Muse took the stage and put on an eye popping performance involving both sight and sound. One anthemic song after another accompanied by copious amounts of smoke and an amazing laser light show. The sound was good and I had room to dance, record the music and sip from the water bottle containing tequila.

Wikipedia says:

Muse are an English rock band from Teignmout, Devon. Since their inception in 1994, the band has been composed of Matthew Bellamy (lead vocals, guitar, piano), Christopher Wolstenholme (bass guitar, backing vocals ,keyboards), and Dominic Howard (drums, percussion, synthesizers). After the release of Black Holes and Revelations, Morgan Nicholls (Keyboards, Percussion, Bass guitar) has performed live full time with the band. Muse are known for their energetic and extravagant live performances and their fusion of many music genres, including progressive rock, classical music, heavy metal and electronica.

"I looked up from one of MGMT’s last songs to see that Muse had already taken the main stage. No delayed gratification here: Unless I missed something before dashing over, Muse opened right away with their hit “Uprising.” So began an hour and a half of trembling falsetto vocals, histrionic guitar solos, gnashing bass lines, and brutal drums. As if the music wasn’t bombastic enough, the band pulled out all the stops visually, too, barraging us with images of robot armies and colonizing the night sky with a Matrix-green laser show. Look, I understand the appeal of presenting songs like “Resistance” and “Time Is Running Out” with maximum melodrama. Many Coachella attendees seemed to be having a blast while Muse performed; I certainly don’t begrudge any of them their enjoyment. But Muse spent its entire set dialed to 11, and after a long day of listening to bands, that kind of relentless spectacle wasn’t what I needed."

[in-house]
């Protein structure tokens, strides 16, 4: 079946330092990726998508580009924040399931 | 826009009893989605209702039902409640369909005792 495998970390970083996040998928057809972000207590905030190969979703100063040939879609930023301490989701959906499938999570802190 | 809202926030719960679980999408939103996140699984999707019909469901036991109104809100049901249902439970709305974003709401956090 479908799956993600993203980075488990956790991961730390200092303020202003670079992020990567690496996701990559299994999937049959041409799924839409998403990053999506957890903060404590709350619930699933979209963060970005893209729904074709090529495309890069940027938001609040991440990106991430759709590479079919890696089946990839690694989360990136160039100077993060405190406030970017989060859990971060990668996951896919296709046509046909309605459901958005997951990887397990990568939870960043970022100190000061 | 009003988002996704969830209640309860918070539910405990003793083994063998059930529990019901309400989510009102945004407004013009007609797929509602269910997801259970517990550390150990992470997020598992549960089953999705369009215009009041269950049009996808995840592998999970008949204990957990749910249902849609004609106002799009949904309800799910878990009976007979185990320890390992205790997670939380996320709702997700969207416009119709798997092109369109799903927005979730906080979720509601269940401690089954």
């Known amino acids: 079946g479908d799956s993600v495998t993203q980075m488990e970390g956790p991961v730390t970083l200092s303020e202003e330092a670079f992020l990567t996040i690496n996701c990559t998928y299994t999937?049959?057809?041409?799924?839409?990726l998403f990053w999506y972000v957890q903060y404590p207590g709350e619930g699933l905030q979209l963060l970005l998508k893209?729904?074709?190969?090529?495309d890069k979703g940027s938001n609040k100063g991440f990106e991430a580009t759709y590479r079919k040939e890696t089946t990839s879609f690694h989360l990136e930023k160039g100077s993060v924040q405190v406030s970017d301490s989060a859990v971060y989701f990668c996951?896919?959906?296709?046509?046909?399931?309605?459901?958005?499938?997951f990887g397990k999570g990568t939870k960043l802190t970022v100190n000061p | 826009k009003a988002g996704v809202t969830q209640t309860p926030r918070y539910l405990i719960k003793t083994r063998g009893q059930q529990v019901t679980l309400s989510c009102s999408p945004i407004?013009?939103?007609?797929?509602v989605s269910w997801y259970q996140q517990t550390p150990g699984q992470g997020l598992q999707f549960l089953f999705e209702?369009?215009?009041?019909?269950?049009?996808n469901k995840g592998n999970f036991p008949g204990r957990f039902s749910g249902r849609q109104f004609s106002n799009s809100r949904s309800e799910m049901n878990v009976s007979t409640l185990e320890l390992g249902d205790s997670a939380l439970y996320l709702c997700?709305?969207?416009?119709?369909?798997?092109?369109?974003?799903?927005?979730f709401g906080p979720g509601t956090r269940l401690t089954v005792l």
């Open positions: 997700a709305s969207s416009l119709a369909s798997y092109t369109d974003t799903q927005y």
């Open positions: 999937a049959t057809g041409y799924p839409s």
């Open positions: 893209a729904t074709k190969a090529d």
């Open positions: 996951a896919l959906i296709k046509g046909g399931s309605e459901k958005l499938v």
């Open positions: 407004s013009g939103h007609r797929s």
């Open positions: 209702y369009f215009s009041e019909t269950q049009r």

Download the show here:

DJ Tiesto headlined the day of performances on the main stage, beginning at 11:40 PM and closing the place down at 1 AM. A massive crowd assembled in front of the stage and danced without stop to his electronica beat.

"Highly regarded by both DJ Magazine and ultra-loyal fans, DJ Tiesto, due in part to his legendary six-hour, energetic live sets, has been elevated to mythical status as one of the world's foremost trance DJs."

I retreated even farther back away from the stage where I found ample room to dance wildly for the hour and a half he performed, like so many others around me. It was definitely a trance inducing beat that never let up. I just did not want it to stop.

The show ended sometime after 1 AM, at which the crowd turned and slowly made their way out to their cars or the surrounding street. I hung around for a while just to watch the strange assembly of people at this late hour. I eventually made my way back to the truck where I popped open the back and crawled under a blanket to fall into a deep sleep. Spotlights shone straight up into the night sky, the palm trees lit up and swaying in the cool desert breeze. It's so nice not having to deal with the traffic of the parking lot and surrounding streets when 70, 000 try to exit at once.